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Getting a Good Nights Sleep
Protecting your spine while you sleep

By Deborah W. Singer, MS, PT, ATC

We know the basics of proper sleep - lights out, no working in bed, no caffeine after 5pm - but proper sleep posture and proper sleep surface can contribute just as much to a good nights sleep.

While you sleep, your body assumes certain postures - many people gravitate towards postures that they've had since they were a child. A fetal position is a common sleep posture that positions your spine in flexion (curled up position) all night. A prolonged flexed sleep posture can force a spinal disc to protrude posteriorly while you sleep.

Poor sleep posture can account for back pain, just like standing posture can. If you are sleeping in a curled position all night, you may find that you need to stand up and lean backwards into extension just to get going comfortably in the morning.

Some people sleep flat out straight on their back placing their spine into extreme extension. This causes stress on your spine and a pulling on the spinal ligaments throughout the night. If you are sleeping straight on your back with your legs out straight in front of you, you may find the need to bend over a few times in the morning to get going comfortably.

If you find that you are sleeping in a poor sleep posture, you can make changes. A body pillow is an excellent tool to use if you find you are sleeping in flexed position.

A body pillow is a long body length pillow designed to "cuddle with" and encourage your spine to assume a proper position while sleeping. To properly sleep with a body pillow, you should lay on your side with one leg draped over the pillow.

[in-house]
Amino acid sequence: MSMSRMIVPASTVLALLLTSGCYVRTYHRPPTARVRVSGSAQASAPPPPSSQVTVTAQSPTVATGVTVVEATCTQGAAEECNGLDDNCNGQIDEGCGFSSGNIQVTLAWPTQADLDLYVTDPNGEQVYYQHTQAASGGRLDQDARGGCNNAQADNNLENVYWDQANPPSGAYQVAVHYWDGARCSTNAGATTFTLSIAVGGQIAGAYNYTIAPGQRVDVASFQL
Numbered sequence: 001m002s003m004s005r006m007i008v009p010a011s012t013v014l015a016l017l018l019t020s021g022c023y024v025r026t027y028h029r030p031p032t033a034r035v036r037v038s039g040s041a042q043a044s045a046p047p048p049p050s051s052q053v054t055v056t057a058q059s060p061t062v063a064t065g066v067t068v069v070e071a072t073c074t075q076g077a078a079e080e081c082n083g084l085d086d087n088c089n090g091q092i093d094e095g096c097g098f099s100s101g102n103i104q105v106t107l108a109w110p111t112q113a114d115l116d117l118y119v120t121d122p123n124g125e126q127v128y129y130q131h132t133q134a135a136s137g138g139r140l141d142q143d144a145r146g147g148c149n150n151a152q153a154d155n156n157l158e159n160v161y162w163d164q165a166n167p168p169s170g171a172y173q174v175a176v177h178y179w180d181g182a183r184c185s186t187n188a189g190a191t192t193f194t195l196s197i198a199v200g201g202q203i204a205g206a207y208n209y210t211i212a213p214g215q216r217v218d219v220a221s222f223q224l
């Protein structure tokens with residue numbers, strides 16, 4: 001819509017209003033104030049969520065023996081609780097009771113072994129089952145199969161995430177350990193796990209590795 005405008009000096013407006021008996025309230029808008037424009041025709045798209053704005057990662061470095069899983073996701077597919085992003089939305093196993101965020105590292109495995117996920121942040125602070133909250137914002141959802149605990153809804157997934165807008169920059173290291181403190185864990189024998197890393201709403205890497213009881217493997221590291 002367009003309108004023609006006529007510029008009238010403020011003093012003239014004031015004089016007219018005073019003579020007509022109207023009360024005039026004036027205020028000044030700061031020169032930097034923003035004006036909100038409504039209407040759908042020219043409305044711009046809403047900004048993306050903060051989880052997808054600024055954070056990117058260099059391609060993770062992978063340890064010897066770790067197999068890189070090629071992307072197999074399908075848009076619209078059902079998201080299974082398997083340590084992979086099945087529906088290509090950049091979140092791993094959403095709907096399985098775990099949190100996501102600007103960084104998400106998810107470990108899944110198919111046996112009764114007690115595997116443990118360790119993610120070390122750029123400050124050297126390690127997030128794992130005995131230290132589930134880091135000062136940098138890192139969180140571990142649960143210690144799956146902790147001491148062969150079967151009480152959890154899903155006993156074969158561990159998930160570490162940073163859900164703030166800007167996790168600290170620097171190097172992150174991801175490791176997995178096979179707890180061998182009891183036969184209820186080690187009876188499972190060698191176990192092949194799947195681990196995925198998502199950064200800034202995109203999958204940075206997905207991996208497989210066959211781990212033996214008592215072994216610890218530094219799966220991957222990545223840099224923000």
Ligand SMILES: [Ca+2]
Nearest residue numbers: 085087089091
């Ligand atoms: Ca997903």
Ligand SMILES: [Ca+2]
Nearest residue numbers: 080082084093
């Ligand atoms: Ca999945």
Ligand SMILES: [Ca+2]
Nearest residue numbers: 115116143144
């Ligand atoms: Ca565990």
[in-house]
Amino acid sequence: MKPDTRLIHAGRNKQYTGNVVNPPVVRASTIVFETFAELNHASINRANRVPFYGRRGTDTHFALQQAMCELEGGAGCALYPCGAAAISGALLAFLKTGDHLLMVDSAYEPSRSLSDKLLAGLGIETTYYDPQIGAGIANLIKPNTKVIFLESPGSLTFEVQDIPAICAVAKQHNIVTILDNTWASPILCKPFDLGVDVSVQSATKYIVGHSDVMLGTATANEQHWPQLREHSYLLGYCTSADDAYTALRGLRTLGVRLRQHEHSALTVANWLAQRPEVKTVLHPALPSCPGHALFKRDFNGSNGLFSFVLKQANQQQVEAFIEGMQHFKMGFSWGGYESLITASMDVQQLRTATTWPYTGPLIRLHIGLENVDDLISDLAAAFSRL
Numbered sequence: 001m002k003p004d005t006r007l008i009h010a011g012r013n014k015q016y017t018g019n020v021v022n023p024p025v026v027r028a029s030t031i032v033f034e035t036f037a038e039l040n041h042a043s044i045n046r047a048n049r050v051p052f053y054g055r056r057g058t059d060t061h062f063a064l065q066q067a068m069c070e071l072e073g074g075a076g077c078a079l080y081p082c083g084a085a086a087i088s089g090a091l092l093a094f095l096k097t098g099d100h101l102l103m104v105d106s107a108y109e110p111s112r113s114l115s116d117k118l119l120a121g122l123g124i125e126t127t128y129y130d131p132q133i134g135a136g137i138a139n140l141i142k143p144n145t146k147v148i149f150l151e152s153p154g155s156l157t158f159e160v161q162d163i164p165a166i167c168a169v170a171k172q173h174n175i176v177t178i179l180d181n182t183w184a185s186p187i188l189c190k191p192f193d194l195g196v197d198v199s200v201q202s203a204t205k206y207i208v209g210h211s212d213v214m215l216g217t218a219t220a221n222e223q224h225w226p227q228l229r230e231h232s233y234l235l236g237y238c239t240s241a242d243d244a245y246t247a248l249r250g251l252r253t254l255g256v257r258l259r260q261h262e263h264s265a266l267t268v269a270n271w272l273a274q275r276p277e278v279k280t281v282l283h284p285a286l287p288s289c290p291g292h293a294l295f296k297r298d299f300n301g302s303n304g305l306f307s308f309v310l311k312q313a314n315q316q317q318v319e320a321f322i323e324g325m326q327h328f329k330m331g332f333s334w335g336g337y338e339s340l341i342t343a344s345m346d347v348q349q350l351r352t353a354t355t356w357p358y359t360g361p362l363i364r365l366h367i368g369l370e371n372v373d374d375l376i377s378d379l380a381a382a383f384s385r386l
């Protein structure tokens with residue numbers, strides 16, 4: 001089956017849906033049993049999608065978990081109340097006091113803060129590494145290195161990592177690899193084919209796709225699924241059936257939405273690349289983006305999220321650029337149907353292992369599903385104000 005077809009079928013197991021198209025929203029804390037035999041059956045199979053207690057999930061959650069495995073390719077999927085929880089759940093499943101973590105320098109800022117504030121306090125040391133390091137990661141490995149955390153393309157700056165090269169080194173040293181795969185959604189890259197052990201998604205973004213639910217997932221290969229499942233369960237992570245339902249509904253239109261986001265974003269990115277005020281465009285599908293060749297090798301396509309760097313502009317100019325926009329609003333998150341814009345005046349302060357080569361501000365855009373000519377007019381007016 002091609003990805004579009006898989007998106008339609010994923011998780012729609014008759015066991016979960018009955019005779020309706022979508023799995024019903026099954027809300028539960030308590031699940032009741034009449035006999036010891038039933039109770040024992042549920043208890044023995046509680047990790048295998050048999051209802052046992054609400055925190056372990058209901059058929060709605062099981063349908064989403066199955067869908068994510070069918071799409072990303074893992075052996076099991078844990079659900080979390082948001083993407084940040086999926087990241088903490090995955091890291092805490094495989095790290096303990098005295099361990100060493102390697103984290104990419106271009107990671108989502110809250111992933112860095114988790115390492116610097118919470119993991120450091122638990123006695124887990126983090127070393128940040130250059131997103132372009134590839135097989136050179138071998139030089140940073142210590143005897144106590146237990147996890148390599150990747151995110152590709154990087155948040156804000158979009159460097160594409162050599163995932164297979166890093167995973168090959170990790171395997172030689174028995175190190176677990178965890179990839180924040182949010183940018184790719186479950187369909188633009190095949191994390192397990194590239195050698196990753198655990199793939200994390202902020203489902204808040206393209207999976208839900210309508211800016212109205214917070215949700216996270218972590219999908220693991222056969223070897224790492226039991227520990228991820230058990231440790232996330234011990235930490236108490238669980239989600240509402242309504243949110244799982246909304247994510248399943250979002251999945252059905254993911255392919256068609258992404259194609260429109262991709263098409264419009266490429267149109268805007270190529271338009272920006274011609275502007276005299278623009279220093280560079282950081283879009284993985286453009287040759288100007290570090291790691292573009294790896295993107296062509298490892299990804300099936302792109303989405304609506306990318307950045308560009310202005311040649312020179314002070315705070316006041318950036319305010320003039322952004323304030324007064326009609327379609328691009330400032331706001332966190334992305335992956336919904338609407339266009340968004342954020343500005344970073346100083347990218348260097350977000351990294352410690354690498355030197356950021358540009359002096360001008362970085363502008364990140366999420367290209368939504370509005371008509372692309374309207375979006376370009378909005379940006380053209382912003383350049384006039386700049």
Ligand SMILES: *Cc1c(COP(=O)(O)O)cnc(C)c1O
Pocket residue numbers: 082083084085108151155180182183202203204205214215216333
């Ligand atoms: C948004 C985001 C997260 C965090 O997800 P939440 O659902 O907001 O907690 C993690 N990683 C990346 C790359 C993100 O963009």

If you like to sleep on your back, you can do so without placing pressure on your spine by placing a small pillow under your knees. This causes the spine to assume a more natural position while still allowing you to lie on your back. Make sure the pillow is small so that you do not impede blood flow from returning from your feet while you sleep. If you find that your feet are swollen in the mornings, this might not be a safe sleep posture for you.

Your mattress could be contributing to your back pain or posture problems. Since so much of our lives are spent sleeping, a good mattress and proper sleep position are essential to keep healthy posture and a pain-free back.

When purchasing a mattress, look for a sleep set - complete mattress bought with the box spring. A mattress life can be extended by rotating a flipping the mattress regularly. Many mattress companies recommend rotating and flipping your mattress as often as every 2-3 months. The mattress industry usually recommends a new mattress be purchased every 8-10 years, but this depends on a person(s) weight and the quality of the mattress.

Flipping your mattress will help prevent body impressions or conforming that occurs as the cushioning materials mold to the shape of the sleeper. Unless the body impression is greater than 1 1/2" it is not a structural defect covered by warranty. It is simply an indication that the upholstery layers are settling and contouring to your body as you use your mattress set. Regularly rotating and flipping your mattress will help to minimize the depth of the impression that occurs.

Correct support is an essential ingredient for a healthy body. A good mattress and box spring will gently support your body at all points and keep your spine in the same shape as a person with good standing posture.

When trying out different mattresses, pay special attention to your shoulders, hips, and lower back, which are the heaviest parts of your body. A sturdy bed frame should be used and if your set is a full, queen or king size, make sure your frame has an adequate center support that will prevent bowing.

Protecting your spine while you sleep is one more way to improve your lifestyle - while you are helping your spine stay in better shape, you'll be getting a better nights' sleep!


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